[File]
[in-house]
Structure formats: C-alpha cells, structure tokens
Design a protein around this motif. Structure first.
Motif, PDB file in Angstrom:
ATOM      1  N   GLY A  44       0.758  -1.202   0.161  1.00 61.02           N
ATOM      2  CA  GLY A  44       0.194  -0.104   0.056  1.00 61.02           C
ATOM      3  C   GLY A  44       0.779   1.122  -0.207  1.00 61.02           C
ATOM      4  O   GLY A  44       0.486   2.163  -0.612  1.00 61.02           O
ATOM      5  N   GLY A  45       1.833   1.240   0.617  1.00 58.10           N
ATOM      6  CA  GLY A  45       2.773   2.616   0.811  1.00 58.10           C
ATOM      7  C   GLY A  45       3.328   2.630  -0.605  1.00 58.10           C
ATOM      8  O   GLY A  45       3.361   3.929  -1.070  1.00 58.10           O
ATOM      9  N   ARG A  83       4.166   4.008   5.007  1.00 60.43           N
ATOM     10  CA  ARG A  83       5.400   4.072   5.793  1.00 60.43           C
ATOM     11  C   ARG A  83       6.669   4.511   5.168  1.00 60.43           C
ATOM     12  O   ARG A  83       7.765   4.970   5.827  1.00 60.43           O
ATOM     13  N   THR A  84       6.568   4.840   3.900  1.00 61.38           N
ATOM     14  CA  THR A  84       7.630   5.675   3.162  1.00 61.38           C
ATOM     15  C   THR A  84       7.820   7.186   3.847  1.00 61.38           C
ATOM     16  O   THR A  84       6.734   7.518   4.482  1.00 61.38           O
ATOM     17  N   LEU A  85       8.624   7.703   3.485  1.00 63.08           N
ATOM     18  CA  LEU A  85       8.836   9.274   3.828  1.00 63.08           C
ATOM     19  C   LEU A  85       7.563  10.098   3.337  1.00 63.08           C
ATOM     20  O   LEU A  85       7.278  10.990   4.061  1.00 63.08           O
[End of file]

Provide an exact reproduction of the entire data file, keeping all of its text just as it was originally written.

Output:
[in-house]
Structure formats: C-alpha cells, structure tokens
Design a protein around this motif. Structure first.
Motif, PDB file in Angstrom:
ATOM      1  N   GLY A  44       0.758  -1.202   0.161  1.00 61.02           N
ATOM      2  CA  GLY A  44       0.194  -0.104   0.056  1.00 61.02           C
ATOM      3  C   GLY A  44       0.779   1.122  -0.207  1.00 61.02           C
ATOM      4  O   GLY A  44       0.486   2.163  -0.612  1.00 61.02           O
ATOM      5  N   GLY A  45       1.833   1.240   0.617  1.00 58.10           N
ATOM      6  CA  GLY A  45       2.773   2.616   0.811  1.00 58.10           C
ATOM      7  C   GLY A  45       3.328   2.630  -0.605  1.00 58.10           C
ATOM      8  O   GLY A  45       3.361   3.929  -1.070  1.00 58.10           O
ATOM      9  N   ARG A  83       4.166   4.008   5.007  1.00 60.43           N
ATOM     10  CA  ARG A  83       5.400   4.072   5.793  1.00 60.43           C
ATOM     11  C   ARG A  83       6.669   4.511   5.168  1.00 60.43           C
ATOM     12  O   ARG A  83       7.765   4.970   5.827  1.00 60.43           O
ATOM     13  N   THR A  84       6.568   4.840   3.900  1.00 61.38           N
ATOM     14  CA  THR A  84       7.630   5.675   3.162  1.00 61.38           C
ATOM     15  C   THR A  84       7.820   7.186   3.847  1.00 61.38           C
ATOM     16  O   THR A  84       6.734   7.518   4.482  1.00 61.38           O
ATOM     17  N   LEU A  85       8.624   7.703   3.485  1.00 63.08           N
ATOM     18  CA  LEU A  85       8.836   9.274   3.828  1.00 63.08           C
ATOM     19  C   LEU A  85       7.563  10.098   3.337  1.00 63.08           C
ATOM     20  O   LEU A  85       7.278  10.990   4.061  1.00 63.08           O